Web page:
Unreal Engine 4 -- Thoughts?

Discussion in 'Game Development (Technical)' started by dannthr, Mar 28, 2014.

  1. dannthr

    dannthr New Member

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    Hey folks,

    Anyone here checking out UE4?

    I was so jazzed after GDC, it was the first thing I did upon arriving home! For a non-programmer (read: terrible programmer), BluePrints has been one impressive turn after another. I feel like it's really powerful as a visual scripting system so far, but I've only been clocking a few hours here or there to try to do something.

    I just set up some real-time interpolation with dynamic target values on pitch modulation for a looping sound, and it worked out great! I just love that I can do this level of scripting without coding!

    Anyone else been giving it a look?

    Cheers,
    - Dan
     
  2. Bad Sector

    Original Member

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    It is good

    I bought it out of curiosity, even though i don't plan on using it myself (i have my own engine and tools). I may try to make it read .rtw files from my 3D world editor though since its own native brush creation tools still sucks :p but that is a big "maybe". Actually, tools-wise, it seems to be more or less the same as older UE versions - the biggest change is a more shiny (and animated... with sounds :p) user interface with some streamlining here and there. Which i suppose makes sense since it wouldn't be a good idea to lose all that experience that people who used previous versions already have.

    The C++ source is a *big huge* plus and IMO there is no reason (...except the 5% cut maybe) to go with Unity at this point for new projects. Not only you get a faster and more advanced engine with proven AAA chops, but also you have full control over its abilities with the source code.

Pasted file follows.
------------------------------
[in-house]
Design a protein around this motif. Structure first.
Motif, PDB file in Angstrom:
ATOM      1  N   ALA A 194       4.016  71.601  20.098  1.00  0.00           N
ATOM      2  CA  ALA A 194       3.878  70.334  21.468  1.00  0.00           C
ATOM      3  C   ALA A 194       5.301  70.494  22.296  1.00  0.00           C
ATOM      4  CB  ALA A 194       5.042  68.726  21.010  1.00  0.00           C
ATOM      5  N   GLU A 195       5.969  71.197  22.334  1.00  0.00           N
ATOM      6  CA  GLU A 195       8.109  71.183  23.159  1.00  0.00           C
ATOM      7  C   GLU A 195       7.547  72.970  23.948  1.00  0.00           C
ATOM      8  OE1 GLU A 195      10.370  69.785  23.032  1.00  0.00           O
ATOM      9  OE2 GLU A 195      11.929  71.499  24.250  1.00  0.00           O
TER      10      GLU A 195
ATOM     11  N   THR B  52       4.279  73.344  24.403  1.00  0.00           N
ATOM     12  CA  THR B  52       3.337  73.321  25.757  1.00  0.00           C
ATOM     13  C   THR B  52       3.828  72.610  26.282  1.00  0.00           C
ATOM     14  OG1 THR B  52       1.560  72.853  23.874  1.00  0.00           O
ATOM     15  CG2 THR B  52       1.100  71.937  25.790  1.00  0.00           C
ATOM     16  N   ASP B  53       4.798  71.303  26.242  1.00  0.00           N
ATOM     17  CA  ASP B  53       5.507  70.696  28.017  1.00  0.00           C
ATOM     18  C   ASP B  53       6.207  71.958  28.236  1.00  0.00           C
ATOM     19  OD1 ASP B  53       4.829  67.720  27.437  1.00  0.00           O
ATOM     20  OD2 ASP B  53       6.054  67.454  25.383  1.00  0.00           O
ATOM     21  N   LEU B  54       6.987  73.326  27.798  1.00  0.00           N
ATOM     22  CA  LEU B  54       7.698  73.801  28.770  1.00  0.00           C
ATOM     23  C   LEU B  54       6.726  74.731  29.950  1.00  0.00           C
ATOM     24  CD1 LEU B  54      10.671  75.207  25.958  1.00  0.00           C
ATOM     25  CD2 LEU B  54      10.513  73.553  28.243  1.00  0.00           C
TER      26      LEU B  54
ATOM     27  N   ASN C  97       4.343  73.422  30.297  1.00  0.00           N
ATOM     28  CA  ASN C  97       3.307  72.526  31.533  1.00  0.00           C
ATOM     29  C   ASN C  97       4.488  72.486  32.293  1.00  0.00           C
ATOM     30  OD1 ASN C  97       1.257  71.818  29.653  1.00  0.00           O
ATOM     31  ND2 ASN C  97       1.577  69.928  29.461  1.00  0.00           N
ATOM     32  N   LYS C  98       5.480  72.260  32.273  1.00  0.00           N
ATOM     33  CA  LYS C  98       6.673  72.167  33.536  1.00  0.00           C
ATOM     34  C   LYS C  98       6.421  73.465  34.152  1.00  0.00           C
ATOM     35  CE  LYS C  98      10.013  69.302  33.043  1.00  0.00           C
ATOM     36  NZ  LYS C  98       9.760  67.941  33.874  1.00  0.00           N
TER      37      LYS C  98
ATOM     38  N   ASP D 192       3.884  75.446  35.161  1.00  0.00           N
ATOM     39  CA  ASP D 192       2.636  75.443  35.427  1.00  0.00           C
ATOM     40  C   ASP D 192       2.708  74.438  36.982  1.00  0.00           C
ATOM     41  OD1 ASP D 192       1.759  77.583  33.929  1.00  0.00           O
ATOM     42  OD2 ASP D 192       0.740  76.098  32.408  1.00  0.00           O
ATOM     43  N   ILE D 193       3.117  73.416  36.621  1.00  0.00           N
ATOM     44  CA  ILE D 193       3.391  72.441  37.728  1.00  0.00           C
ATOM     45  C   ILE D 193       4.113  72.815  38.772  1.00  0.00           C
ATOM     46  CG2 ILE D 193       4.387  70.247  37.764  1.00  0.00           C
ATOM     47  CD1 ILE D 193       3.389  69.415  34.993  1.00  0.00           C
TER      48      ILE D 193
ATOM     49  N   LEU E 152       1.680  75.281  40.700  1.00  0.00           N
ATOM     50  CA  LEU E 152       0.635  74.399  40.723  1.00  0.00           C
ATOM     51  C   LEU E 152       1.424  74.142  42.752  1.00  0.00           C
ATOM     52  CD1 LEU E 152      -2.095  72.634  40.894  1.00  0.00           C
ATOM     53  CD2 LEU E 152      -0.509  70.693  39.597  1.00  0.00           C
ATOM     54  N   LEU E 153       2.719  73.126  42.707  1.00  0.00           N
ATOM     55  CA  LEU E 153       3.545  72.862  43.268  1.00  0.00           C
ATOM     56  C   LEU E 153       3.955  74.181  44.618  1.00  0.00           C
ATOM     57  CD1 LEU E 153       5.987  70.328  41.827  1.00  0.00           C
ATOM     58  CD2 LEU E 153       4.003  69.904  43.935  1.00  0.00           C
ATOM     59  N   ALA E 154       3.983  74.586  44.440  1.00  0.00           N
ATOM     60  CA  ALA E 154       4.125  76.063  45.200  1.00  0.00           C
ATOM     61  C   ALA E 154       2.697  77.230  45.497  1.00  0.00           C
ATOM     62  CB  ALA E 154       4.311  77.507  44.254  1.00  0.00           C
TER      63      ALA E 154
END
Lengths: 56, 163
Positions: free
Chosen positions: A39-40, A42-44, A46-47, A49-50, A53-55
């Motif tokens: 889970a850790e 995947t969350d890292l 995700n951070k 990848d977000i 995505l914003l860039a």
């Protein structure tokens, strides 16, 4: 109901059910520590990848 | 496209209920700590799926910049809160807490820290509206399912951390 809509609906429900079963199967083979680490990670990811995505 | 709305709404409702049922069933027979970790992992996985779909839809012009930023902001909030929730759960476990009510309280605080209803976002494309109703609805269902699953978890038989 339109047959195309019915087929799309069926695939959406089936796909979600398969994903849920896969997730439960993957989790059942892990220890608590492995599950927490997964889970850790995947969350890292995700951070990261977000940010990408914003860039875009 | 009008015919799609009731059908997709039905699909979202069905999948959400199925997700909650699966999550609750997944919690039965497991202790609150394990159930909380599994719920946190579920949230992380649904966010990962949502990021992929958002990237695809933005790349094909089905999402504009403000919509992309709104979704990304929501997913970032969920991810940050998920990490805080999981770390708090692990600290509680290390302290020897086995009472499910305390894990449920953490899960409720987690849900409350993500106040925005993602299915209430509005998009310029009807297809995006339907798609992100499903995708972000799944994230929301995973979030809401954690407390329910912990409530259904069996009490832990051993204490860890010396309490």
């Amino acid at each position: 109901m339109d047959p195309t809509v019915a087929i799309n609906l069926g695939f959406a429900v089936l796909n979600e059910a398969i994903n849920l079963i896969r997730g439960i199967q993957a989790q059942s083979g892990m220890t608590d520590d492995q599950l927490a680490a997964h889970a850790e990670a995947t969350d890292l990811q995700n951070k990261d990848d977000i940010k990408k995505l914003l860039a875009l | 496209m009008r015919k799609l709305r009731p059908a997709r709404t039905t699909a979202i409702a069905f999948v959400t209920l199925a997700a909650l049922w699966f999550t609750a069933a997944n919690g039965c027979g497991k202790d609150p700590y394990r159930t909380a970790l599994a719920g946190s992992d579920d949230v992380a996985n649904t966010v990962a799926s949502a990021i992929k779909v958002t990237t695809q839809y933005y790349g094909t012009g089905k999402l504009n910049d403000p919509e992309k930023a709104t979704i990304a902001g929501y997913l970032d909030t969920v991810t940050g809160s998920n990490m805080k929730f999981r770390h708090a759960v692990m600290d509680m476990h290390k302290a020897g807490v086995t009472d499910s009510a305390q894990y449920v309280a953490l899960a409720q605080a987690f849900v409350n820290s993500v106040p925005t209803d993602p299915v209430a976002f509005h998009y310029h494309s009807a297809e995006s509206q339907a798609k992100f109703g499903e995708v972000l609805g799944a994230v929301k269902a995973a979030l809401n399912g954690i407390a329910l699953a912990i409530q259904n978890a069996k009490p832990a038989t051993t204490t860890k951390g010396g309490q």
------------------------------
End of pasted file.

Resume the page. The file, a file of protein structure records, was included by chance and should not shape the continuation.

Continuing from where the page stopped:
3. lennard

    Moderator Original Member Indie Author

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    Do you get web & tablet support with Unreal?
     
  4. ManuTOO

    Original Member

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    Bad Sector,
    I'd like to port my C++ games done with my custom framework based on DirectX8 & OpenGL 1.1 to a modern framework, so I could be interested by UE4.
    After reading your post, I just did some research and it seems quite premature to bury Unity, though.
    From what I have gathered, here the reasons to stick with it (they may change in the future, near or less near, of course) :
    - 5% can be a lot of money, but moreover, it might mean you have to let Epic track your game & possibly "unplug" it (I'm not sure what it means), or at very least, it requires a good accounting organization that a single Indie dev, or a very small studio may have problem to provide
    - Unity has a free version
    - Unity has its Assert Store (UE4 may gets its own, too)
    - Unity is still easer to use, and might have a faster work-flow
    - UE4 docs are very lacking (some of the ones already done are quite nice, though)
    - Unity community & support (through thousands of questions already answered in its Forum & Answers) is also very helpful

    As I didn't personally tried UE4, I can't personally backup some of these points... :p
    I won't upgrade my games before next year, so I'll have occasion to check UE4 again before to take any decision..!

    lennard,
    from the FAQ :
    So I guess tablets are already supported. Web, someday... ;)
     
    #4 ManuTOO, Mar 29, 2014
    Last edited: Mar 29, 2014
  5. dannthr

    dannthr New Member

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    They have a Marketplace infrastructure set up already--you can download example projects from Epic right now, along with some more example projects as well as some paid content in the future. The guys at the Epic booth suggested they expect to see several things mature over the next 6 months including the Marketplace, the Plug-In API, and other things they have in the works--the Marketplace will have user content in the future.